Having been chosen by Pope Benedict as Bishop of Argyll and Isles, his mandate for my Episcopal Ordination was read to those assembled in St Columbia’s Cathedral Oban on 8th December 2008 and I was duly ordained Bishop of the Diocese. It is right therefore for me personally to feel a special affection for Pope Benedict and recall with gratitude his part in my life and the communion in the Lord that linked me, and all bishops, so closely with our Holy Father and Brother Bishop.
Just over a year later, in February 2010, I had the privilege of meeting Pope Benedict in person during the Scottish Bishops’ Ad Limina Visit to Rome. Each of us got to speak with the Holy Father privately, and I recall these precious few minutes as the softly-spoken Pontiff asked me about the Diocese of Argyll and the Isles. Of course his English was very fluent and the conversation quite relaxed. I remember he was particularly interested in Catholic Schools and the teaching of our faith in them. Later in his address to all of the Scottish Bishops after our private audiences he recalled that our Ad Limina Visit was taking place during the Year of the Priest and proposed St John Ogilvie as a courageous model for all Scottish Priests. He commended our work in promoting the on-going formation of priests and the promotion of Vocations to the priesthood and religious life. For Pope Benedict holiness of life, attained through a loving personal relationship with the Lord, was the essential element in the life of all the baptised – the lay faithful, religious and clergy.
Later in 2010 Pope Benedict made his State Visit to UK, beginning with the meeting with the Queen in Edinburgh on the morning of 16th September. That afternoon he celebrated Mass with the Catholics of Scotland at Bellahouston and he recalled with emotion that his predecessor, St John Paul II, had also celebrated Mass in the Park on 2nd June 1982, with 250,000 present. Pope Benedict spoke of the long Christian tradition in Scotland, the witness of our Scottish saints, and the call to us all to live holy lives in our own time, in order to keep the flame of faith alive in our land. As a Scottish Bishop it was a privilege to be with Pope Benedict that day and to concelebrate Mass with him, and then to accompany him on the rest of his Visit over the next few days in London and Birmingham. Again the Concelebrated Masses in Westminster Cathedral and in Birmingham for the Beatification of John Henry Cardinal Newman hold a special memory for me, particularly the strong sense of the communion of all the bishops with the Bishop of Rome in the service of the Lord and his Church. My particular memory of what Pope Benedict said during his time among us was again his emphasis on the call to holiness, and especially his inspiring words to the young people of the Church – “Be the Saints of the 21st Century”. Indeed the Pope’s encouraging words to the young, and his appeal to them, were an important part of the visit. The good number of Vocations to the Priesthood in recent years in the Diocese of Motherwell may be a fruit of the Pope’s presence and clear teaching.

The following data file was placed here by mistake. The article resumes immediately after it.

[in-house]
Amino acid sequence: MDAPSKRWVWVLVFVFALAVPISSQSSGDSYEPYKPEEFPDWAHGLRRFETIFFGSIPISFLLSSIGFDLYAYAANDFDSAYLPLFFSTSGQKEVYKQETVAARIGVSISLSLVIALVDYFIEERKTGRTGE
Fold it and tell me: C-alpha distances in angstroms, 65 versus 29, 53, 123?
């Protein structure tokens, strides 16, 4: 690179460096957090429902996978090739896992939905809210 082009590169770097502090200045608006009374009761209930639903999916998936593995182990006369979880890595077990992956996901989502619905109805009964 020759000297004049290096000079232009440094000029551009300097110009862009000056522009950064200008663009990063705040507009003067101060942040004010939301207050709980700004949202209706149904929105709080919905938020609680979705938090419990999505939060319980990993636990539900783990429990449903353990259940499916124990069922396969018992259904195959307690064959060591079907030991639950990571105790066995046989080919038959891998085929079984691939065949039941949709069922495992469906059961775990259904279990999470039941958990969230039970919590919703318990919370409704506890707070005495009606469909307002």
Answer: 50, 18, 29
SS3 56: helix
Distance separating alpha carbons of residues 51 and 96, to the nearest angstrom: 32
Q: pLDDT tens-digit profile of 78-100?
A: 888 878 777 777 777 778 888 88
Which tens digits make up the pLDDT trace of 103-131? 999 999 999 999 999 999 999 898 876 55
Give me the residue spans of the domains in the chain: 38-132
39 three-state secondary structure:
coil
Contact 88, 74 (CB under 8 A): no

A month after Pope Benedict’s Visit, in October 2010, I was privileged to accompany the Scottish pilgrims to Rome for the Canonisation of the St Mary of the Cross MacKillop, the First Australian to be canonised. Those of us from the Highlands are particularly proud of her Scottish connections and it was wonderful to be at Mass with Pope Benedict when he proclaimed Mary a saint of the Church. Once again it was very special for me as a Scottish Bishop with a family connection to St Mary MacKillop to be invited to be one of the concelebrants at the Mass of Canonisation. Again at this Mass Pope Benedict spoke of the power and beauty of holiness as exemplified in the lives of St Mary MacKillop and the others being canonised, and highlighted her vocation as an outstanding teacher, especially of poor and disadvantaged children.
The call to us all to live holy lives, and so grow and remain in deep friendship with the Lord, and by doing so to give faithful witness to Him, was always at the heart of Pope Benedict’s preaching. He himself was a good teacher and his legacy of that teaching and his clarity of vision are an outstanding treasure he has left to the church to be pondered upon and valued by coming generations.
May he now share, along with Mary, Joseph, and all the Saints, through the Lord’s resurrection, in the fullness of God’s life in heaven, in which he firmly believed and placed all his hope. May he rest in peace.
Bishop of Motherwell
Photo: The Bishops of Scotland, including Bishop Joseph Toal and Bishop Joseph Devine RIP, with Pope Benedict XVI during the Ad Limina Visit in 2010. Photo by Paul McSherry.